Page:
President Macron’s bad play in Lebanon, by Thierry Meyssan

president-macron’s-bad-play-in-lebanon,-by-thierry-meyssan

30-09-20 07:23:00,

Playing Deus ex machina, President Macron came to distribute the good and bad points to the Lebanese leaders. Sure of his superiority, he said he was ashamed of the behavior of this political class. But all this is just a bad play. Underhandedly, he is trying to destroy the Resistance and to transform the country into a tax haven.

JPEG - 28.1 kb The French President, Emmanuel Macron, devoted one of his rare press conferences to the situation in a foreign country, Lebanon. He said: “Hezbollah cannot at the same time be an army at war with Israel, a militia unleashed against civilians in Syria and a respectable party in Lebanon. It must not believe that it is stronger than it is. He must show that he respects the Lebanese as a whole and he has shown the opposite in the last few days. Sayed Hassan Nasrallah will answer him on September 29.

Reacting to the explosion of the port of Beirut on August 4, 2020, the Lebanese people and the international press saw it as an accident due to the corruption of the port authorities. For our part, after analyzing the first clues, we immediately questioned the thesis of the accident and favored that of the attack. French President Emmanuel Macron was urgently on his way to Lebanon to save the country. Two days later, we broadcast on a Syrian television station, Sama, the hypothesis of the continuation of the operation to implement Resolution 1559.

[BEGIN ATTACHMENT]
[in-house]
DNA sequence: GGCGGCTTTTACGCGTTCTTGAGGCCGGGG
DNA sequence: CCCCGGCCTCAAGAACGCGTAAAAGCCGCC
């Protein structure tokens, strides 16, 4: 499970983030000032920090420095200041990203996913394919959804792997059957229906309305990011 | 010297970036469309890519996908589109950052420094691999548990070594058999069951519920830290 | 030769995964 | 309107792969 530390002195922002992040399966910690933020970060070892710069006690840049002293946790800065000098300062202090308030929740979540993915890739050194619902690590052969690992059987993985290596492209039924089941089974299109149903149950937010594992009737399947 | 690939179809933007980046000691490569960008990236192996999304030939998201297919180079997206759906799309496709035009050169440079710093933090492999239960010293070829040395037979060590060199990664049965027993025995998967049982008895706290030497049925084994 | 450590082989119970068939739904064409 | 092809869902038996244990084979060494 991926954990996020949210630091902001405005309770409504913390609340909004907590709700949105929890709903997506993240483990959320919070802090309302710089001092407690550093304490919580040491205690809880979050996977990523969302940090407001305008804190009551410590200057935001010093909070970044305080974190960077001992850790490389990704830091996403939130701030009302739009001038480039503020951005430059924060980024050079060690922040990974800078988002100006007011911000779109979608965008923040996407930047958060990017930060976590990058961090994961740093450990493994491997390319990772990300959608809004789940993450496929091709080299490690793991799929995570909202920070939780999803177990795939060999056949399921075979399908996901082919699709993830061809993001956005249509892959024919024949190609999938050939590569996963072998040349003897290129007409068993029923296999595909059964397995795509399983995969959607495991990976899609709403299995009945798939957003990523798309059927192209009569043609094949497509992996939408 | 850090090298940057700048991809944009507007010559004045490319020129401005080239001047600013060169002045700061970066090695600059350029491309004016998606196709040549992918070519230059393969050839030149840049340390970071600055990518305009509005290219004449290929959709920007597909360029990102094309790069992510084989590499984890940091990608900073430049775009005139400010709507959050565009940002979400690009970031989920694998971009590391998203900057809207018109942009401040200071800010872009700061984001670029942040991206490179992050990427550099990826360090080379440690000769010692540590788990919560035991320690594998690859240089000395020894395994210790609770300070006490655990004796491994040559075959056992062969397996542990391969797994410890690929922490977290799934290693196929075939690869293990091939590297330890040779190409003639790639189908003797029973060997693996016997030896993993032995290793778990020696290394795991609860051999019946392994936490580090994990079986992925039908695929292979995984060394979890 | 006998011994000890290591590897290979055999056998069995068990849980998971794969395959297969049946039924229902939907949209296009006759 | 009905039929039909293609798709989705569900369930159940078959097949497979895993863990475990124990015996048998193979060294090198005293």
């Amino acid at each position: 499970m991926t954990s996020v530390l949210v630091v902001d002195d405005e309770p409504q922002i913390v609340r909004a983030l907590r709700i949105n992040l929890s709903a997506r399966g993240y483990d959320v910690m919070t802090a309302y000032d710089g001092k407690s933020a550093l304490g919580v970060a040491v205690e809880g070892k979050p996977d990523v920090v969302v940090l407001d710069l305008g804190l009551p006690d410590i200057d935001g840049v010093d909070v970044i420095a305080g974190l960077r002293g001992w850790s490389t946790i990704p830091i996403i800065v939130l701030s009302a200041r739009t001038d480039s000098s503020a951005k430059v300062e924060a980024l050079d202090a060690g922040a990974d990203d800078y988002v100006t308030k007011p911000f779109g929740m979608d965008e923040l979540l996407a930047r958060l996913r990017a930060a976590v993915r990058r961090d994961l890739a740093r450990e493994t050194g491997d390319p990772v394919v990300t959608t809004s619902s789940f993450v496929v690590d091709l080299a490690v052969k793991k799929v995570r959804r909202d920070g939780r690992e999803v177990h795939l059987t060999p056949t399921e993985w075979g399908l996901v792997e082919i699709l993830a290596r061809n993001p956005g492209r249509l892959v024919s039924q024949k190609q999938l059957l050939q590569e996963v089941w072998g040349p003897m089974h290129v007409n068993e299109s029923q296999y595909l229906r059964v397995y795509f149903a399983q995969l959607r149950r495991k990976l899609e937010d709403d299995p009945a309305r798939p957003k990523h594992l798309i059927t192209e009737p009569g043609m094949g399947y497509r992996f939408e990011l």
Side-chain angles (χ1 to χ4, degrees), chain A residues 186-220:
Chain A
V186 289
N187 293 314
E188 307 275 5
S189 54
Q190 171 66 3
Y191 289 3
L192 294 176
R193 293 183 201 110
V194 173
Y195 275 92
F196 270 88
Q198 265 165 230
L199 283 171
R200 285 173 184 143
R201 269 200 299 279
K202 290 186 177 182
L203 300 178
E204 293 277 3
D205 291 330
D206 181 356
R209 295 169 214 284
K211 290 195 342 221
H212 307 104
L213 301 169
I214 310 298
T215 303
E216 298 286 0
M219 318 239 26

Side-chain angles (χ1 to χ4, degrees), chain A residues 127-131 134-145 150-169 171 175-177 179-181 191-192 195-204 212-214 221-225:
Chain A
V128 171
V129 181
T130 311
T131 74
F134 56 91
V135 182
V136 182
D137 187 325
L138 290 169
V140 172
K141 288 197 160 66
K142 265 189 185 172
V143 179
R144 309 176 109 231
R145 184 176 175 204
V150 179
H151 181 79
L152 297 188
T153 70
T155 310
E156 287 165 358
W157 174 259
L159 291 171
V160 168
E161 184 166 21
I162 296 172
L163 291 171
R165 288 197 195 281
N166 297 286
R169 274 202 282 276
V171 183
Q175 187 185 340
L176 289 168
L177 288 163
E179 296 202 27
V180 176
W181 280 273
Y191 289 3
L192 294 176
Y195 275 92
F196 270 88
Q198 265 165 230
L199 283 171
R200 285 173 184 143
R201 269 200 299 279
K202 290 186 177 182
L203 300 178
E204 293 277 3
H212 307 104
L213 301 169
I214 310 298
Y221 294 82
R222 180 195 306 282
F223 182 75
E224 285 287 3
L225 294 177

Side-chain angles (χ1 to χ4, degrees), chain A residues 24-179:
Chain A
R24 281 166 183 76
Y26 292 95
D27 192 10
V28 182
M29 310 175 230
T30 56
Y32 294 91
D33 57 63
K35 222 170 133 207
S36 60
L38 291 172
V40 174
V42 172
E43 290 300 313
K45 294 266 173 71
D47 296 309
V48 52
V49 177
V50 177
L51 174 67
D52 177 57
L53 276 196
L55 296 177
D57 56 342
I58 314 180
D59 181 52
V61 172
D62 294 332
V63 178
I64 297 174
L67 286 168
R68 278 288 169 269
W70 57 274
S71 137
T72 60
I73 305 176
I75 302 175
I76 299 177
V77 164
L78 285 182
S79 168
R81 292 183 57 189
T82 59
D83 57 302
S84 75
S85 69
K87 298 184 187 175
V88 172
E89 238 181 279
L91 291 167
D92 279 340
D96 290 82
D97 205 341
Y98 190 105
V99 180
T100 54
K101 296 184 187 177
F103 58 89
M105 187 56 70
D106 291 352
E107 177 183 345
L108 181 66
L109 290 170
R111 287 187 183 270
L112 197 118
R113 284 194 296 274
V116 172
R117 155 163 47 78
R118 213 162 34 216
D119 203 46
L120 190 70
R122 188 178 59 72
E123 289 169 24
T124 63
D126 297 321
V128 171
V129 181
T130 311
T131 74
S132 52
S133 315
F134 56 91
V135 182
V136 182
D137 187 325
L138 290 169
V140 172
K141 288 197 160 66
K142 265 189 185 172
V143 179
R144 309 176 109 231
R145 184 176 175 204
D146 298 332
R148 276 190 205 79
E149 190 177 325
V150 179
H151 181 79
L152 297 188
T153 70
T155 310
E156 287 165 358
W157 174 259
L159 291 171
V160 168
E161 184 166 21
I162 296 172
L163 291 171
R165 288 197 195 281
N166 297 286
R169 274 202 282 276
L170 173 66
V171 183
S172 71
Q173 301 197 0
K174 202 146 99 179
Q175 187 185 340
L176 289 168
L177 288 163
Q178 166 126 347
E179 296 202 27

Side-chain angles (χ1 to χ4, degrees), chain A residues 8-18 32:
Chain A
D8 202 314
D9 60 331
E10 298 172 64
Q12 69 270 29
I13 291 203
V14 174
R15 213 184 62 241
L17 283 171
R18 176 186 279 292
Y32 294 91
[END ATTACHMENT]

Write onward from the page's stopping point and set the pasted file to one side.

The hypothesis of resolution 1559

What is it all about? The 2004 Franco-US resolution was drafted on the instructions of US President George W. Bush, based on a text written by then Lebanese Prime Minister Rafik Hariri with the help of French President Jacques Chirac. It aimed to have the objectives formulated by US Secretary of State Colin Powell recognized by the United Nations Security Council:
- to drive out the Syrian peace force resulting from the Taif Agreemen [1] ;
- to put an end to the Lebanese Resistance to imperialism;
- prevent the re-election of Lebanese President Emile Lahoud.

However, on February 14, 2005, Rafik Hariri, who was no longer Prime Minister and had just been reconciled with Hezbollah, was assassinated in a mega-attack in which Lebanese President Emile Lahoud and his Syrian counterpart,

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